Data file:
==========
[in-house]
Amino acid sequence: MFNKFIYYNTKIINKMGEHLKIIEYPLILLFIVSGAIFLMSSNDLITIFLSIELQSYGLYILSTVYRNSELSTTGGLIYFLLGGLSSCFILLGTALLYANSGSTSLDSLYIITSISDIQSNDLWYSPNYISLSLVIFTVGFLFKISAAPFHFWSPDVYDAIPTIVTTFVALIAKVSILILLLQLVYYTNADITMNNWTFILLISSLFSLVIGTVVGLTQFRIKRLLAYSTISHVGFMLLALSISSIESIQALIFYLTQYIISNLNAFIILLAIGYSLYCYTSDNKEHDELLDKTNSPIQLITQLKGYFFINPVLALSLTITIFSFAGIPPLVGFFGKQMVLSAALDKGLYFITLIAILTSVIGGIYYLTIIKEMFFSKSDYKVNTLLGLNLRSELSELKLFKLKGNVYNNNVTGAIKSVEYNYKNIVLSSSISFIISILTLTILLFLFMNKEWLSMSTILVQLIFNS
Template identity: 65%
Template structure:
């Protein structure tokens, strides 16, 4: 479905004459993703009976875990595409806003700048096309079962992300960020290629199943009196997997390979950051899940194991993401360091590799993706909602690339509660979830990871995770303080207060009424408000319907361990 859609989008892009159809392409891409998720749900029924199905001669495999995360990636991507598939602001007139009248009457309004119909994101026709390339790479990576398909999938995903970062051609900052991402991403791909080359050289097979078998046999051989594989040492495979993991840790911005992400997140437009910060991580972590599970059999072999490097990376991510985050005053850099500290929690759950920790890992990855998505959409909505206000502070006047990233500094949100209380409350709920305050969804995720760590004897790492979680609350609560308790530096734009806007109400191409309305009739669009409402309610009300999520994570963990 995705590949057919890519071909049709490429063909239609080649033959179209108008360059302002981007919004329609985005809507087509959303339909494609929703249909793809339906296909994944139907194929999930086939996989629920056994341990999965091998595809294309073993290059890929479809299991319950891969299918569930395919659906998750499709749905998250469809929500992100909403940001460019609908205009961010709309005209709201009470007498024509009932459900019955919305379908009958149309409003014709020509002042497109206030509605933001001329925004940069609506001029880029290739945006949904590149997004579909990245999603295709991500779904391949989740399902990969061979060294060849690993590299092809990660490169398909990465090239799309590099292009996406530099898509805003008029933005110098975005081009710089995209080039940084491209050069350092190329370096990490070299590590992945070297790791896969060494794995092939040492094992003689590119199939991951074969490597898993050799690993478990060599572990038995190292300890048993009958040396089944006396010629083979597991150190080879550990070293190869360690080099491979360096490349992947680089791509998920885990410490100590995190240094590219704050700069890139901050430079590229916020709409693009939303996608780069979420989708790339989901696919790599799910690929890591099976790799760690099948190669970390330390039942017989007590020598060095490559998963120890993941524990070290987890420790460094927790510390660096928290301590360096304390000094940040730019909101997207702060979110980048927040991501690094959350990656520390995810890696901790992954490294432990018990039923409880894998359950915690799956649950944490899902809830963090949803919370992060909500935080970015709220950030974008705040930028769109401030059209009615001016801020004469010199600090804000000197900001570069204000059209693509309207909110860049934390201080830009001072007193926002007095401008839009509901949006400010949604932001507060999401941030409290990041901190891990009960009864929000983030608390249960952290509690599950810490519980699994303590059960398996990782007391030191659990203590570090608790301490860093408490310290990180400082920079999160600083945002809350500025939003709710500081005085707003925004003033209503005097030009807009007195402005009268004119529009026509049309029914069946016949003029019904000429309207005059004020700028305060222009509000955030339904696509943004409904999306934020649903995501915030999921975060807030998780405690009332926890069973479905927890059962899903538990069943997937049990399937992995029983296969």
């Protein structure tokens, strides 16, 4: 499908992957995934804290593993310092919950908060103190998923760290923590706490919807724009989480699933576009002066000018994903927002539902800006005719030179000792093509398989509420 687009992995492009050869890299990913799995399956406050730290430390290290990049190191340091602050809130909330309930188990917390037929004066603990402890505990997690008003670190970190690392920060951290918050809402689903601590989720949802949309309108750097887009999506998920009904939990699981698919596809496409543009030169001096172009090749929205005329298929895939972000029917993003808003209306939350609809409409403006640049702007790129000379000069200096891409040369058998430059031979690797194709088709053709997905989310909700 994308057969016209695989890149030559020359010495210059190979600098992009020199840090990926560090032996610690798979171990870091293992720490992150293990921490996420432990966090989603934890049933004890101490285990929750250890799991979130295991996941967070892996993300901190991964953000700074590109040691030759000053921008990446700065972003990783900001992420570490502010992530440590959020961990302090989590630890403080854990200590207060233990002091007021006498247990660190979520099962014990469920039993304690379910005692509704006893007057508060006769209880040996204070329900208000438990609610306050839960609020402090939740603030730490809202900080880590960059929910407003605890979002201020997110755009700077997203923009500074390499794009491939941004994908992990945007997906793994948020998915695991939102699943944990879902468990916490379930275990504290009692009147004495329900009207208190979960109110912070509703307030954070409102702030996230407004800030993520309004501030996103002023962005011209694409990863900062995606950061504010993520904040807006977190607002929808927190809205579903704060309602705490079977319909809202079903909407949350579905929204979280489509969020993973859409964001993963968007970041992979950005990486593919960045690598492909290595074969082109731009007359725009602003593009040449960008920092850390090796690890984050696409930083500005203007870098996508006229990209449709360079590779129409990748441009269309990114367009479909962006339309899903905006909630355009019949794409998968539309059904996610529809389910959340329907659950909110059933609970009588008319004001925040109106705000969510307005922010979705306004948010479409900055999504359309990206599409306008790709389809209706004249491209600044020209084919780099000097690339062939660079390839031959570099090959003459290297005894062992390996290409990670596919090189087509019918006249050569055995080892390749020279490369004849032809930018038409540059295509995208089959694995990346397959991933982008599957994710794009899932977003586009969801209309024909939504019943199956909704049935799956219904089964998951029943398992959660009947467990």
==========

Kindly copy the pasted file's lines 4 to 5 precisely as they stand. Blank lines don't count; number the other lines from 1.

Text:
Template structure:
């Protein structure tokens, strides 16, 4: 479905004459993703009976875990595409806003700048096309079962992300960020290629199943009196997997390979950051899940194991993401360091590799993706909602690339509660979830990871995770303080207060009424408000319907361990 859609989008892009159809392409891409998720749900029924199905001669495999995360990636991507598939602001007139009248009457309004119909994101026709390339790479990576398909999938995903970062051609900052991402991403791909080359050289097979078998046999051989594989040492495979993991840790911005992400997140437009910060991580972590599970059999072999490097990376991510985050005053850099500290929690759950920790890992990855998505959409909505206000502070006047990233500094949100209380409350709920305050969804995720760590004897790492979680609350609560308790530096734009806007109400191409309305009739669009409402309610009300999520994570963990 995705590949057919890519071909049709490429063909239609080649033959179209108008360059302002981007919004329609985005809507087509959303339909494609929703249909793809339906296909994944139907194929999930086939996989629920056994341990999965091998595809294309073993290059890929479809299991319950891969299918569930395919659906998750499709749905998250469809929500992100909403940001460019609908205009961010709309005209709201009470007498024509009932459900019955919305379908009958149309409003014709020509002042497109206030509605933001001329925004940069609506001029880029290739945006949904590149997004579909990245999603295709991500779904391949989740399902990969061979060294060849690993590299092809990660490169398909990465090239799309590099292009996406530099898509805003008029933005110098975005081009710089995209080039940084491209050069350092190329370096990490070299590590992945070297790791896969060494794995092939040492094992003689590119199939991951074969490597898993050799690993478990060599572990038995190292300890048993009958040396089944006396010629083979597991150190080879550990070293190869360690080099491979360096490349992947680089791509998920885990410490100590995190240094590219704050700069890139901050430079590229916020709409693009939303996608780069979420989708790339989901696919790599799910690929890591099976790799760690099948190669970390330390039942017989007590020598060095490559998963120890993941524990070290987890420790460094927790510390660096928290301590360096304390000094940040730019909101997207702060979110980048927040991501690094959350990656520390995810890696901790992954490294432990018990039923409880894998359950915690799956649950944490899902809830963090949803919370992060909500935080970015709220950030974008705040930028769109401030059209009615001016801020004469010199600090804000000197900001570069204000059209693509309207909110860049934390201080830009001072007193926002007095401008839009509901949006400010949604932001507060999401941030409290990041901190891990009960009864929000983030608390249960952290509690599950810490519980699994303590059960398996990782007391030191659990203590570090608790301490860093408490310290990180400082920079999160600083945002809350500025939003709710500081005085707003925004003033209503005097030009807009007195402005009268004119529009026509049309029914069946016949003029019904000429309207005059004020700028305060222009509000955030339904696509943004409904999306934020649903995501915030999921975060807030998780405690009332926890069973479905927890059962899903538990069943997937049990399937992995029983296969």